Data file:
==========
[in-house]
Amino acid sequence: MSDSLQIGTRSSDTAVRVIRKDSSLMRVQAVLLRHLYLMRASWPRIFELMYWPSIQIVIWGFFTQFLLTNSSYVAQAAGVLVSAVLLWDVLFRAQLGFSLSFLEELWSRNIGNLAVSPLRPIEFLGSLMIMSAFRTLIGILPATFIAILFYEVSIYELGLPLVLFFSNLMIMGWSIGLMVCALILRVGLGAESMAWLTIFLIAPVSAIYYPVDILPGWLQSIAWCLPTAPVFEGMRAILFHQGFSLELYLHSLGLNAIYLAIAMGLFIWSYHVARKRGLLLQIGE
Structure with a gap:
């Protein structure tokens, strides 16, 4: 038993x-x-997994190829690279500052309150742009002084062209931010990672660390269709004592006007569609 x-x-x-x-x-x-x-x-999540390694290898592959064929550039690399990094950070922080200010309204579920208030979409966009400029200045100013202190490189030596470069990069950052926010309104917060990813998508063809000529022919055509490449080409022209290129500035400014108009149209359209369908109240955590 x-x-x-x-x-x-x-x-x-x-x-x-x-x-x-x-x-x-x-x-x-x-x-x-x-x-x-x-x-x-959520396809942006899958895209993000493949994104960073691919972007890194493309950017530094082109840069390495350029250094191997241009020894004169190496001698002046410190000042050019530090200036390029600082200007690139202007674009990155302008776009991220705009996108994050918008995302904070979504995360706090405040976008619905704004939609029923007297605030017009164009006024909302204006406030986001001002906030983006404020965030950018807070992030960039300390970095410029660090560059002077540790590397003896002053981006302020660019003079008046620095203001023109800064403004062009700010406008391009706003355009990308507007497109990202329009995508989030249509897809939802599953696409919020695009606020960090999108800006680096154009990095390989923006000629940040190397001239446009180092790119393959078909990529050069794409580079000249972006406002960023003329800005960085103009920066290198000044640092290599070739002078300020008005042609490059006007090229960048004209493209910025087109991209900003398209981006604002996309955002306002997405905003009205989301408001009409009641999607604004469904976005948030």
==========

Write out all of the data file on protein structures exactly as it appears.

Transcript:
[in-house]
Amino acid sequence: MSDSLQIGTRSSDTAVRVIRKDSSLMRVQAVLLRHLYLMRASWPRIFELMYWPSIQIVIWGFFTQFLLTNSSYVAQAAGVLVSAVLLWDVLFRAQLGFSLSFLEELWSRNIGNLAVSPLRPIEFLGSLMIMSAFRTLIGILPATFIAILFYEVSIYELGLPLVLFFSNLMIMGWSIGLMVCALILRVGLGAESMAWLTIFLIAPVSAIYYPVDILPGWLQSIAWCLPTAPVFEGMRAILFHQGFSLELYLHSLGLNAIYLAIAMGLFIWSYHVARKRGLLLQIGE
Structure with a gap:
């Protein structure tokens, strides 16, 4: 038993x-x-997994190829690279500052309150742009002084062209931010990672660390269709004592006007569609 x-x-x-x-x-x-x-x-999540390694290898592959064929550039690399990094950070922080200010309204579920208030979409966009400029200045100013202190490189030596470069990069950052926010309104917060990813998508063809000529022919055509490449080409022209290129500035400014108009149209359209369908109240955590 x-x-x-x-x-x-x-x-x-x-x-x-x-x-x-x-x-x-x-x-x-x-x-x-x-x-x-x-x-x-959520396809942006899958895209993000493949994104960073691919972007890194493309950017530094082109840069390495350029250094191997241009020894004169190496001698002046410190000042050019530090200036390029600082200007690139202007674009990155302008776009991220705009996108994050918008995302904070979504995360706090405040976008619905704004939609029923007297605030017009164009006024909302204006406030986001001002906030983006404020965030950018807070992030960039300390970095410029660090560059002077540790590397003896002053981006302020660019003079008046620095203001023109800064403004062009700010406008391009706003355009990308507007497109990202329009995508989030249509897809939802599953696409919020695009606020960090999108800006680096154009990095390989923006000629940040190397001239446009180092790119393959078909990529050069794409580079000249972006406002960023003329800005960085103009920066290198000044640092290599070739002078300020008005042609490059006007090229960048004209493209910025087109991209900003398209981006604002996309955002306002997405905003009205989301408001009409009641999607604004469904976005948030």